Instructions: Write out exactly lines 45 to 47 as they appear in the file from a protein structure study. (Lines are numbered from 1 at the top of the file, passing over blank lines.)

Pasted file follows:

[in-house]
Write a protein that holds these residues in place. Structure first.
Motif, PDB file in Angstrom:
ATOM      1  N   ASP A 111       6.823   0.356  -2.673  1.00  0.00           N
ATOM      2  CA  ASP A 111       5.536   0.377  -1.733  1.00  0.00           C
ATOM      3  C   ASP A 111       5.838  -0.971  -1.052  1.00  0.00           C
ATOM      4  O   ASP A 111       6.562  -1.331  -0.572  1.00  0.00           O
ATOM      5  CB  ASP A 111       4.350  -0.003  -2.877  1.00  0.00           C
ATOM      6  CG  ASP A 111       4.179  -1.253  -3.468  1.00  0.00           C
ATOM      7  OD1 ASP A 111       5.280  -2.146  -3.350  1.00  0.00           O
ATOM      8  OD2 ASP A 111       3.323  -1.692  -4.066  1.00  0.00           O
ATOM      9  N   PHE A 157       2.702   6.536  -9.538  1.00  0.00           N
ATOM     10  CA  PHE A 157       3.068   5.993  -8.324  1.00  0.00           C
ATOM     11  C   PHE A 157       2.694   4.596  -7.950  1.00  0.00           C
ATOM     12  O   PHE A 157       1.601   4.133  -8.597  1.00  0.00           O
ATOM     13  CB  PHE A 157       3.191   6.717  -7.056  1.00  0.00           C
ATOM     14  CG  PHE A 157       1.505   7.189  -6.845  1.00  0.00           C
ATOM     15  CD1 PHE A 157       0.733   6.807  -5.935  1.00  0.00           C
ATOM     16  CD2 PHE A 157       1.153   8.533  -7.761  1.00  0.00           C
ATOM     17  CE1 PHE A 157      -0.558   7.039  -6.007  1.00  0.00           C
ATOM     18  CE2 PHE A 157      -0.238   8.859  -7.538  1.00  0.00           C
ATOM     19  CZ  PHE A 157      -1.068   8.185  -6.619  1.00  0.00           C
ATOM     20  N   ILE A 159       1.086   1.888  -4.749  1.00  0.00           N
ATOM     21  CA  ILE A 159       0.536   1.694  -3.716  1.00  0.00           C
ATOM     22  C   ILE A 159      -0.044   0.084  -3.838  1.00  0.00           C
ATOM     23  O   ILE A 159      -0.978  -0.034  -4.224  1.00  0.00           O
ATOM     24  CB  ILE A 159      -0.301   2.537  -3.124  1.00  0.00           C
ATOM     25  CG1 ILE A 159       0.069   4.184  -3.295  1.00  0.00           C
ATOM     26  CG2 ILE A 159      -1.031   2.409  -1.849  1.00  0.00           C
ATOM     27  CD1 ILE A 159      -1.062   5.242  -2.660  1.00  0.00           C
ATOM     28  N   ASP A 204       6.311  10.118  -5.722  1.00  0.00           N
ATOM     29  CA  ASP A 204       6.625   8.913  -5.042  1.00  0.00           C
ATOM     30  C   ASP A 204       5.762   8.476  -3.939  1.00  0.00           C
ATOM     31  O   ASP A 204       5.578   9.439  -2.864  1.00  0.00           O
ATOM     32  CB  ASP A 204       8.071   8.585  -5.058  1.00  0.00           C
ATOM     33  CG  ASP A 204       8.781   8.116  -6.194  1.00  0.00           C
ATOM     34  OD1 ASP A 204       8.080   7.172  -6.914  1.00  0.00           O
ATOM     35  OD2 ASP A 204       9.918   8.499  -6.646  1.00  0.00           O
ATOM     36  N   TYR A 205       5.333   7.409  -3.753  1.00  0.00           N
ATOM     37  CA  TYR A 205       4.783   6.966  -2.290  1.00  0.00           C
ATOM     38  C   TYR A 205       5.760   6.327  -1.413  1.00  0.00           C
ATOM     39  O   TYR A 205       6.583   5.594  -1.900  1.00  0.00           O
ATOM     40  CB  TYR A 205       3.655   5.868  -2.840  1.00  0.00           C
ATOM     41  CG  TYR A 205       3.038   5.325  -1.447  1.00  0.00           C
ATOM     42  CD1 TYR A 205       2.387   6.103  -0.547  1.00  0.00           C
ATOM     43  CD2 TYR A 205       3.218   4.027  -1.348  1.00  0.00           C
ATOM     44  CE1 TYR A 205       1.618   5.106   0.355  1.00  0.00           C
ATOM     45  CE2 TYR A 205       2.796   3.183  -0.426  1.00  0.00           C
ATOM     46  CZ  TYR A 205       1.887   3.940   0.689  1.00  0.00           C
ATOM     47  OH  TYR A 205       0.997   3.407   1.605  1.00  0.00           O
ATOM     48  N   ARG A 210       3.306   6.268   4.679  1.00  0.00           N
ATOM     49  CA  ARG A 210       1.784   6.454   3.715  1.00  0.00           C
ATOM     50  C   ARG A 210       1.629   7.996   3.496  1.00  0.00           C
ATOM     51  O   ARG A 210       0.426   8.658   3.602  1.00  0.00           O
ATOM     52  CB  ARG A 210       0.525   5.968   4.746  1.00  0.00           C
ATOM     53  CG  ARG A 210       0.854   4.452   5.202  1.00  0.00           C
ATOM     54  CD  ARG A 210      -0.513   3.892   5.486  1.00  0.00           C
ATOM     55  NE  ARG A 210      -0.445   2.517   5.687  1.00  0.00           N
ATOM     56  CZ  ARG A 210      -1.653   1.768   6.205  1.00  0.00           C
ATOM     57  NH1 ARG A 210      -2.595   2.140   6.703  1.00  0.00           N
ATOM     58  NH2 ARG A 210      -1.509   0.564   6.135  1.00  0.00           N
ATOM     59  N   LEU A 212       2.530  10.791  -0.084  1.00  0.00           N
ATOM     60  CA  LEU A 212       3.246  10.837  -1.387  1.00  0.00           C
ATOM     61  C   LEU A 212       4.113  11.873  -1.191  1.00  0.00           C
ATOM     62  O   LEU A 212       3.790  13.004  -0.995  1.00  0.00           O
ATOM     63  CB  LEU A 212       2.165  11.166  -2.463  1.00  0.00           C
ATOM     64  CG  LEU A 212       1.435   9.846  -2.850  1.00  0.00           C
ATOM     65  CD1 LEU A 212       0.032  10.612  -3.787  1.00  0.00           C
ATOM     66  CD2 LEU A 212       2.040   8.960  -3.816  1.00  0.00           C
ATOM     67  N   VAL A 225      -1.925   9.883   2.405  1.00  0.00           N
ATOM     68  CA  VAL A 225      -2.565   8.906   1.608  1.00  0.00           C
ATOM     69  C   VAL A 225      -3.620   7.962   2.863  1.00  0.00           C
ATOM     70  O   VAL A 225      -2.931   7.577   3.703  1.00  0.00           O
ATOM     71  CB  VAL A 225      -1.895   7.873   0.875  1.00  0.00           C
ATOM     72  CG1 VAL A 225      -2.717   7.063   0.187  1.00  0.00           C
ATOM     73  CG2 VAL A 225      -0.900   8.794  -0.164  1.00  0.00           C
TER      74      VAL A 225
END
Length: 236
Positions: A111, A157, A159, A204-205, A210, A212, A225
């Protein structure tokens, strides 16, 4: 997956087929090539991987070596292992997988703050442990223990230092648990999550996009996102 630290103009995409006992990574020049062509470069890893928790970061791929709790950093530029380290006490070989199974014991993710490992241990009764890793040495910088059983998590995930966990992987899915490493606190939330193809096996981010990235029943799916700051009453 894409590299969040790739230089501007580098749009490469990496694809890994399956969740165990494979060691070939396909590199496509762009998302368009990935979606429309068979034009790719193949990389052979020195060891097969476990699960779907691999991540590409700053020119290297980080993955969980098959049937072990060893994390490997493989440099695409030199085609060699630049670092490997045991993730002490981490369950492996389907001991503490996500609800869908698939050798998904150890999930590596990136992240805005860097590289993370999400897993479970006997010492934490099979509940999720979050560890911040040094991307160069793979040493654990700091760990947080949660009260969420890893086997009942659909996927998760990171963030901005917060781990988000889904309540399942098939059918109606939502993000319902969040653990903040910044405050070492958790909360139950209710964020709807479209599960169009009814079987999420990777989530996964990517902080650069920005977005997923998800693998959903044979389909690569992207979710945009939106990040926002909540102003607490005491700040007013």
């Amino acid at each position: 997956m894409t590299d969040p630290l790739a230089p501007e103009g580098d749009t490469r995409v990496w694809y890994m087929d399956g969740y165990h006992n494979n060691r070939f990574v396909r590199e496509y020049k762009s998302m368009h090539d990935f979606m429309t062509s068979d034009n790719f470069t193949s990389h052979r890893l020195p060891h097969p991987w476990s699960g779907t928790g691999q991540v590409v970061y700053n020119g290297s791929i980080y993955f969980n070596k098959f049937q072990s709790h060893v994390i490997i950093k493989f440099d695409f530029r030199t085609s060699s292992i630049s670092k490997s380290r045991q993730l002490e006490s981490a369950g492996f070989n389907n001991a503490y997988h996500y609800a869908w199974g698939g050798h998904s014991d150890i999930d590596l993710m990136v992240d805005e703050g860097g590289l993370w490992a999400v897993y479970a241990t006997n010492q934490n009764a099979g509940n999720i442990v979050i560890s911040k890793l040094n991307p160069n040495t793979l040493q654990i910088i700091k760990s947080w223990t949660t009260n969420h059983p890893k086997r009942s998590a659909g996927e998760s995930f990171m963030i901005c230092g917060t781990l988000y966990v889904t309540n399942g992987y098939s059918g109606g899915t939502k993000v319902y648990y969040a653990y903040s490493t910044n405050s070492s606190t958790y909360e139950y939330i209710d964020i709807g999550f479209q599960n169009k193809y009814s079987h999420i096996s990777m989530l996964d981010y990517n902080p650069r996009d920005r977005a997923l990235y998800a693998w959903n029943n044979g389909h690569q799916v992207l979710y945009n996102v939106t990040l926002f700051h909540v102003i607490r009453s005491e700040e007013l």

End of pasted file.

ATOM     42  CD1 TYR A 205       2.387   6.103  -0.547  1.00  0.00           C
ATOM     43  CD2 TYR A 205       3.218   4.027  -1.348  1.00  0.00           C
ATOM     44  CE1 TYR A 205       1.618   5.106   0.355  1.00  0.00           C